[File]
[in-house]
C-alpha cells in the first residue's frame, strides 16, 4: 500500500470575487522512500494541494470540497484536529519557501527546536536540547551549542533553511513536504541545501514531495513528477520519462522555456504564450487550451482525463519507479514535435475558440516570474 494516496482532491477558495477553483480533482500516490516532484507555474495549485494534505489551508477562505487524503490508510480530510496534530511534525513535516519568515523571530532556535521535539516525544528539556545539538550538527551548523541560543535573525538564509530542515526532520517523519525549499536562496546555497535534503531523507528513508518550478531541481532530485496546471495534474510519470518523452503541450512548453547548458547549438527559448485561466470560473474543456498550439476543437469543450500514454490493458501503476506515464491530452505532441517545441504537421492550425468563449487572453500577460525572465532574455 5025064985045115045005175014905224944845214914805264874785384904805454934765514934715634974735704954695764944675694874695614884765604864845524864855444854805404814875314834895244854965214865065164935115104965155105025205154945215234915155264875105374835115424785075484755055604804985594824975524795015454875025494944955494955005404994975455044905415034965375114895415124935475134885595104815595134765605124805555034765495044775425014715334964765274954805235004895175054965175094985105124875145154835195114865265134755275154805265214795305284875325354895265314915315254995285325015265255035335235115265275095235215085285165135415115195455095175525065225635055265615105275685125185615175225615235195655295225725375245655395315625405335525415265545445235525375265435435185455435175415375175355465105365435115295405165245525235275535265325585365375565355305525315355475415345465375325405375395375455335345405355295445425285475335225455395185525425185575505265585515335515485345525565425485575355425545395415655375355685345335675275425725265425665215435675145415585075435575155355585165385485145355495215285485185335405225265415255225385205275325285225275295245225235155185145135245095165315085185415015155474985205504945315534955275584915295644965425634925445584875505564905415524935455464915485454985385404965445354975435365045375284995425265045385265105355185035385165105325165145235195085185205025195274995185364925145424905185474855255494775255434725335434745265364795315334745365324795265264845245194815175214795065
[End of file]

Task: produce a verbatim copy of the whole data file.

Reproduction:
[in-house]
C-alpha cells in the first residue's frame, strides 16, 4: 500500500470575487522512500494541494470540497484536529519557501527546536536540547551549542533553511513536504541545501514531495513528477520519462522555456504564450487550451482525463519507479514535435475558440516570474 494516496482532491477558495477553483480533482500516490516532484507555474495549485494534505489551508477562505487524503490508510480530510496534530511534525513535516519568515523571530532556535521535539516525544528539556545539538550538527551548523541560543535573525538564509530542515526532520517523519525549499536562496546555497535534503531523507528513508518550478531541481532530485496546471495534474510519470518523452503541450512548453547548458547549438527559448485561466470560473474543456498550439476543437469543450500514454490493458501503476506515464491530452505532441517545441504537421492550425468563449487572453500577460525572465532574455 5025064985045115045005175014905224944845214914805264874785384904805454934765514934715634974735704954695764944675694874695614884765604864845524864855444854805404814875314834895244854965214865065164935115104965155105025205154945215234915155264875105374835115424785075484755055604804985594824975524795015454875025494944955494955005404994975455044905415034965375114895415124935475134885595104815595134765605124805555034765495044775425014715334964765274954805235004895175054965175094985105124875145154835195114865265134755275154805265214795305284875325354895265314915315254995285325015265255035335235115265275095235215085285165135415115195455095175525065225635055265615105275685125185615175225615235195655295225725375245655395315625405335525415265545445235525375265435435185455435175415375175355465105365435115295405165245525235275535265325585365375565355305525315355475415345465375325405375395375455335345405355295445425285475335225455395185525425185575505265585515335515485345525565425485575355425545395415655375355685345335675275425725265425665215435675145415585075435575155355585165385485145355495215285485185335405225265415255225385205275325285225275295245225235155185145135245095165315085185415015155474985205504945315534955275584915295644965425634925445584875505564905415524935455464915485454985385404965445354975435365045375284995425265045385265105355185035385165105325165145235195085185205025195274995185364925145424905185474855255494775255434725335434745265364795315334745365324795265264845245194815175214795065